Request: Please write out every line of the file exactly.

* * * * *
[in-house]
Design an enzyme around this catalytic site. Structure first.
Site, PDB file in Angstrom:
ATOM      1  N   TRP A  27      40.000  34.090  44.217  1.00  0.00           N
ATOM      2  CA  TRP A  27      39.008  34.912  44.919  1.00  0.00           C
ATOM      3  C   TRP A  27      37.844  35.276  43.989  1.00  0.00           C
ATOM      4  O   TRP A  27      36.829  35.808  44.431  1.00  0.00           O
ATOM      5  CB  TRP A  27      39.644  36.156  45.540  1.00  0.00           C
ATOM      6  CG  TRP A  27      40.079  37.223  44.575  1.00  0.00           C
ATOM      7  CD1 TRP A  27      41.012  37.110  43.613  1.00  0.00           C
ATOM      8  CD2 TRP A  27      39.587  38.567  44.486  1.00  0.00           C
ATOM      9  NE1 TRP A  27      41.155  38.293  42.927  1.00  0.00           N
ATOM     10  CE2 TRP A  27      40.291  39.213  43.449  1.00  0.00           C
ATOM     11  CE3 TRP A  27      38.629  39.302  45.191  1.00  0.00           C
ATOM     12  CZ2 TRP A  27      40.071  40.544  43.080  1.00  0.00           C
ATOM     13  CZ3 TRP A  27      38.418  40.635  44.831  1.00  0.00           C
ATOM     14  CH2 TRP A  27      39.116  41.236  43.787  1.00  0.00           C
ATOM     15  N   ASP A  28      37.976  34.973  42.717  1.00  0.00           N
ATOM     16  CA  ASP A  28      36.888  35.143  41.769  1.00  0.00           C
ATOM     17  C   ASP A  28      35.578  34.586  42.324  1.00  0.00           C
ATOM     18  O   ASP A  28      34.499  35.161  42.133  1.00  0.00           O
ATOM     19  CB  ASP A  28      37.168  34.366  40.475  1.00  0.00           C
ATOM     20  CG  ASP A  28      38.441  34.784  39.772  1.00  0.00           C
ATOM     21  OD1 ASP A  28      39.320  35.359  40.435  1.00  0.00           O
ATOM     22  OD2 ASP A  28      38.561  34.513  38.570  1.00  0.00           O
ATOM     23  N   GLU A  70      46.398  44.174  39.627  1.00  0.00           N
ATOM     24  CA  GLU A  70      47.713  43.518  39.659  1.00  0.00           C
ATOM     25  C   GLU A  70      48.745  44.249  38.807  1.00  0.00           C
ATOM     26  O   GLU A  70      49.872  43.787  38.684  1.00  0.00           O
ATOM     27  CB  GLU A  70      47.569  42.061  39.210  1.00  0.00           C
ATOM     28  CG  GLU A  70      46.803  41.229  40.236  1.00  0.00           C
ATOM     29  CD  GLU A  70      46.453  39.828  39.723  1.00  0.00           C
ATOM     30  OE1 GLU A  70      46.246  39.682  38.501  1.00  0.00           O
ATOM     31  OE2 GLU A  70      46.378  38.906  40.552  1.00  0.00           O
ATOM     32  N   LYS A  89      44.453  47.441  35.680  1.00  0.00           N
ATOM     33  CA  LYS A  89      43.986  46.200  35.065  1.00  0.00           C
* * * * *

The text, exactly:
[in-house]
Design an enzyme around this catalytic site. Structure first.
Site, PDB file in Angstrom:
ATOM      1  N   TRP A  27      40.000  34.090  44.217  1.00  0.00           N
ATOM      2  CA  TRP A  27      39.008  34.912  44.919  1.00  0.00           C
ATOM      3  C   TRP A  27      37.844  35.276  43.989  1.00  0.00           C
ATOM      4  O   TRP A  27      36.829  35.808  44.431  1.00  0.00           O
ATOM      5  CB  TRP A  27      39.644  36.156  45.540  1.00  0.00           C
ATOM      6  CG  TRP A  27      40.079  37.223  44.575  1.00  0.00           C
ATOM      7  CD1 TRP A  27      41.012  37.110  43.613  1.00  0.00           C
ATOM      8  CD2 TRP A  27      39.587  38.567  44.486  1.00  0.00           C
ATOM      9  NE1 TRP A  27      41.155  38.293  42.927  1.00  0.00           N
ATOM     10  CE2 TRP A  27      40.291  39.213  43.449  1.00  0.00           C
ATOM     11  CE3 TRP A  27      38.629  39.302  45.191  1.00  0.00           C
ATOM     12  CZ2 TRP A  27      40.071  40.544  43.080  1.00  0.00           C
ATOM     13  CZ3 TRP A  27      38.418  40.635  44.831  1.00  0.00           C
ATOM     14  CH2 TRP A  27      39.116  41.236  43.787  1.00  0.00           C
ATOM     15  N   ASP A  28      37.976  34.973  42.717  1.00  0.00           N
ATOM     16  CA  ASP A  28      36.888  35.143  41.769  1.00  0.00           C
ATOM     17  C   ASP A  28      35.578  34.586  42.324  1.00  0.00           C
ATOM     18  O   ASP A  28      34.499  35.161  42.133  1.00  0.00           O
ATOM     19  CB  ASP A  28      37.168  34.366  40.475  1.00  0.00           C
ATOM     20  CG  ASP A  28      38.441  34.784  39.772  1.00  0.00           C
ATOM     21  OD1 ASP A  28      39.320  35.359  40.435  1.00  0.00           O
ATOM     22  OD2 ASP A  28      38.561  34.513  38.570  1.00  0.00           O
ATOM     23  N   GLU A  70      46.398  44.174  39.627  1.00  0.00           N
ATOM     24  CA  GLU A  70      47.713  43.518  39.659  1.00  0.00           C
ATOM     25  C   GLU A  70      48.745  44.249  38.807  1.00  0.00           C
ATOM     26  O   GLU A  70      49.872  43.787  38.684  1.00  0.00           O
ATOM     27  CB  GLU A  70      47.569  42.061  39.210  1.00  0.00           C
ATOM     28  CG  GLU A  70      46.803  41.229  40.236  1.00  0.00           C
ATOM     29  CD  GLU A  70      46.453  39.828  39.723  1.00  0.00           C
ATOM     30  OE1 GLU A  70      46.246  39.682  38.501  1.00  0.00           O
ATOM     31  OE2 GLU A  70      46.378  38.906  40.552  1.00  0.00           O
ATOM     32  N   LYS A  89      44.453  47.441  35.680  1.00  0.00           N
ATOM     33  CA  LYS A  89      43.986  46.200  35.065  1.00  0.00           C